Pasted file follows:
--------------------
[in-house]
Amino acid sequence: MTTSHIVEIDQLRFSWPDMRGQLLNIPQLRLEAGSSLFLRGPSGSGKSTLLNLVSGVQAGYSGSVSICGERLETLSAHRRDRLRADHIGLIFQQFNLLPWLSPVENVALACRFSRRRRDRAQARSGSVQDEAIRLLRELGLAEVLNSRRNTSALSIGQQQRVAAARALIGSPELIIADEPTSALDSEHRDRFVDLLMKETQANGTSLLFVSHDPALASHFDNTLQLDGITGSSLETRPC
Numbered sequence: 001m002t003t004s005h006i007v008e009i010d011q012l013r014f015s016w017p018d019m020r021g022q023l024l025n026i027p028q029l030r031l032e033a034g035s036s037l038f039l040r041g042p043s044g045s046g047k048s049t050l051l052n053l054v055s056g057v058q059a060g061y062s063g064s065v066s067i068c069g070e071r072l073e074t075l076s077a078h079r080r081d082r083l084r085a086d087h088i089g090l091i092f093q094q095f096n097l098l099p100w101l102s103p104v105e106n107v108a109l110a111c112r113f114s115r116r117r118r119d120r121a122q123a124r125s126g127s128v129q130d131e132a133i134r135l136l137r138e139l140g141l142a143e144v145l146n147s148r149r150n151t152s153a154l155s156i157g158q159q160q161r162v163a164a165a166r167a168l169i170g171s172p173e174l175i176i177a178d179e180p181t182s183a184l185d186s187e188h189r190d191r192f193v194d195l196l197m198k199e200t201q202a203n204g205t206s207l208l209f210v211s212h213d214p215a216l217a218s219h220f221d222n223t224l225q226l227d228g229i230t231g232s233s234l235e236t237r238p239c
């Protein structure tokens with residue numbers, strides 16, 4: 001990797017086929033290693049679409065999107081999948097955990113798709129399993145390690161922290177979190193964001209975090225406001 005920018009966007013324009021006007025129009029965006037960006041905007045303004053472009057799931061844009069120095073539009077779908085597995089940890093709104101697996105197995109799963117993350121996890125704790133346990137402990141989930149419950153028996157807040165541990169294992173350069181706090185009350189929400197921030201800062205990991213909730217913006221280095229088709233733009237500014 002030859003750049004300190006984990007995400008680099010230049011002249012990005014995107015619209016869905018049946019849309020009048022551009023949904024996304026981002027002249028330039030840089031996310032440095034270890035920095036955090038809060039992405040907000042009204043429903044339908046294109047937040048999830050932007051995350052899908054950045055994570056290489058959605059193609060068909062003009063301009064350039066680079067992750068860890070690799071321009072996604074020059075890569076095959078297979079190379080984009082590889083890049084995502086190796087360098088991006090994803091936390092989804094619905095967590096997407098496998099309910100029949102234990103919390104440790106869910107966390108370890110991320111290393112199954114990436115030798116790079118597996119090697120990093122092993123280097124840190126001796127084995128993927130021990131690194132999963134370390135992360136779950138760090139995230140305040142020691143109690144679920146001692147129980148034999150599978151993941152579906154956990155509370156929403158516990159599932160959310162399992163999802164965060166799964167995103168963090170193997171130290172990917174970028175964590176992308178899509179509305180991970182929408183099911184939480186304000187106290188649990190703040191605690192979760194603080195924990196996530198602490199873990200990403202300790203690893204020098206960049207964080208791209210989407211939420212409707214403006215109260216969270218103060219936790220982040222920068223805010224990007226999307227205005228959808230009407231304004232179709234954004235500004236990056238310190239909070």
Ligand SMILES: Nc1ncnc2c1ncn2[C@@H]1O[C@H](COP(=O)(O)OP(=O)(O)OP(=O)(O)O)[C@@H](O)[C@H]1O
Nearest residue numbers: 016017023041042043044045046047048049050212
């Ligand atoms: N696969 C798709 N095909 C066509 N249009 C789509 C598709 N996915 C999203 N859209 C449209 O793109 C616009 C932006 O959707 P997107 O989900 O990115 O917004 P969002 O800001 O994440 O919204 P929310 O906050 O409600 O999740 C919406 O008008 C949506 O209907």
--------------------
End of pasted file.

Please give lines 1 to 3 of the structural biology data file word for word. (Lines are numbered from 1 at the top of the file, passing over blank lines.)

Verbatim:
[in-house]
Amino acid sequence: MTTSHIVEIDQLRFSWPDMRGQLLNIPQLRLEAGSSLFLRGPSGSGKSTLLNLVSGVQAGYSGSVSICGERLETLSAHRRDRLRADHIGLIFQQFNLLPWLSPVENVALACRFSRRRRDRAQARSGSVQDEAIRLLRELGLAEVLNSRRNTSALSIGQQQRVAAARALIGSPELIIADEPTSALDSEHRDRFVDLLMKETQANGTSLLFVSHDPALASHFDNTLQLDGITGSSLETRPC
Numbered sequence: 001m002t003t004s005h006i007v008e009i010d011q012l013r014f015s016w017p018d019m020r021g022q023l024l025n026i027p028q029l030r031l032e033a034g035s036s037l038f039l040r041g042p043s044g045s046g047k048s049t050l051l052n053l054v055s056g057v058q059a060g061y062s063g064s065v066s067i068c069g070e071r072l073e074t075l076s077a078h079r080r081d082r083l084r085a086d087h088i089g090l091i092f093q094q095f096n097l098l099p100w101l102s103p104v105e106n107v108a109l110a111c112r113f114s115r116r117r118r119d120r121a122q123a124r125s126g127s128v129q130d131e132a133i134r135l136l137r138e139l140g141l142a143e144v145l146n147s148r149r150n151t152s153a154l155s156i157g158q159q160q161r162v163a164a165a166r167a168l169i170g171s172p173e174l175i176i177a178d179e180p181t182s183a184l185d186s187e188h189r190d191r192f193v194d195l196l197m198k199e200t201q202a203n204g205t206s207l208l209f210v211s212h213d214p215a216l217a218s219h220f221d222n223t224l225q226l227d228g229i230t231g232s233s234l235e236t237r238p239c